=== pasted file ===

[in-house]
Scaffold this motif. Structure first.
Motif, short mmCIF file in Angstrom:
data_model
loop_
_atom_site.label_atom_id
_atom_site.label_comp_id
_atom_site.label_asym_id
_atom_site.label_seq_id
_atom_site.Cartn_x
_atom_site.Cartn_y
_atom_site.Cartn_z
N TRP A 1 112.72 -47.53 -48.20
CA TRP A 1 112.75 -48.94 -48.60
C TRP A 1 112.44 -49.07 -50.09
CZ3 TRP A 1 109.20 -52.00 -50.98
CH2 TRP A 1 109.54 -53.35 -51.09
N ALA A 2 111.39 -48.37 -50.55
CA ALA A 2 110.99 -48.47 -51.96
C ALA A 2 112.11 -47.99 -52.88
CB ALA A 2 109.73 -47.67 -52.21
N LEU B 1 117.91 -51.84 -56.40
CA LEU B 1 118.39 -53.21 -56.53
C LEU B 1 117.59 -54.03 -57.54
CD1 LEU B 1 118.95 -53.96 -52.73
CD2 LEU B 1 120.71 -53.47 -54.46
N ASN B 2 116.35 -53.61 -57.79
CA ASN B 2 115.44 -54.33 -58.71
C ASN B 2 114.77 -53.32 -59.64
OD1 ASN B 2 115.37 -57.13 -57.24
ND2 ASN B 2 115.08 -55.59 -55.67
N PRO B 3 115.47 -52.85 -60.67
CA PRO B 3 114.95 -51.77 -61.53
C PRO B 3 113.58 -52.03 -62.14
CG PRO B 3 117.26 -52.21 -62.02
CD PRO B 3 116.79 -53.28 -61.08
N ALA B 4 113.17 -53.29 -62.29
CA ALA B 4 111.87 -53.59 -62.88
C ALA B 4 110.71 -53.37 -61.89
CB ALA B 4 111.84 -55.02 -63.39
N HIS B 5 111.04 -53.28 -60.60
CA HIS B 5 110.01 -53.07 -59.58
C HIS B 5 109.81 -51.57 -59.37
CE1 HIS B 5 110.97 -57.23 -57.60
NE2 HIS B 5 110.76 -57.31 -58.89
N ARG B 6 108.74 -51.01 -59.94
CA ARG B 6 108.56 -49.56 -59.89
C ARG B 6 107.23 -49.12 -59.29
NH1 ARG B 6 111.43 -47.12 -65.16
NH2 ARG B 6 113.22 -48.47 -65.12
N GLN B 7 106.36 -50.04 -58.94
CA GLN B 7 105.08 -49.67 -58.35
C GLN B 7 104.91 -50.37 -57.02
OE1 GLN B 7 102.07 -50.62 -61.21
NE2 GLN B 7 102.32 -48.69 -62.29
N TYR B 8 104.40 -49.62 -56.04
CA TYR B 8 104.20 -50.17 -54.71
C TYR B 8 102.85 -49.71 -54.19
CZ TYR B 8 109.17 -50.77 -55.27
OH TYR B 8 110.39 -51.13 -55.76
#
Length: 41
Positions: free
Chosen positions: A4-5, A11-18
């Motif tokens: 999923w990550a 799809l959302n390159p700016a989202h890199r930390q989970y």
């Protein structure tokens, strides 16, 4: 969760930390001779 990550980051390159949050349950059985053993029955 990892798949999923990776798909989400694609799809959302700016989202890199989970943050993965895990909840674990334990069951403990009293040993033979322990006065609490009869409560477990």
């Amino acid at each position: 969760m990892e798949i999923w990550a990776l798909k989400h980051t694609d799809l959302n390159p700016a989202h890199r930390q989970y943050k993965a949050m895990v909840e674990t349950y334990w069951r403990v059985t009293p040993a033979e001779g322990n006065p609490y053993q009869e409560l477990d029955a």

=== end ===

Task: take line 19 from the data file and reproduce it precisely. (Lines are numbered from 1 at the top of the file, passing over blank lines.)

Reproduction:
CA ALA A 2 110.99 -48.47 -51.96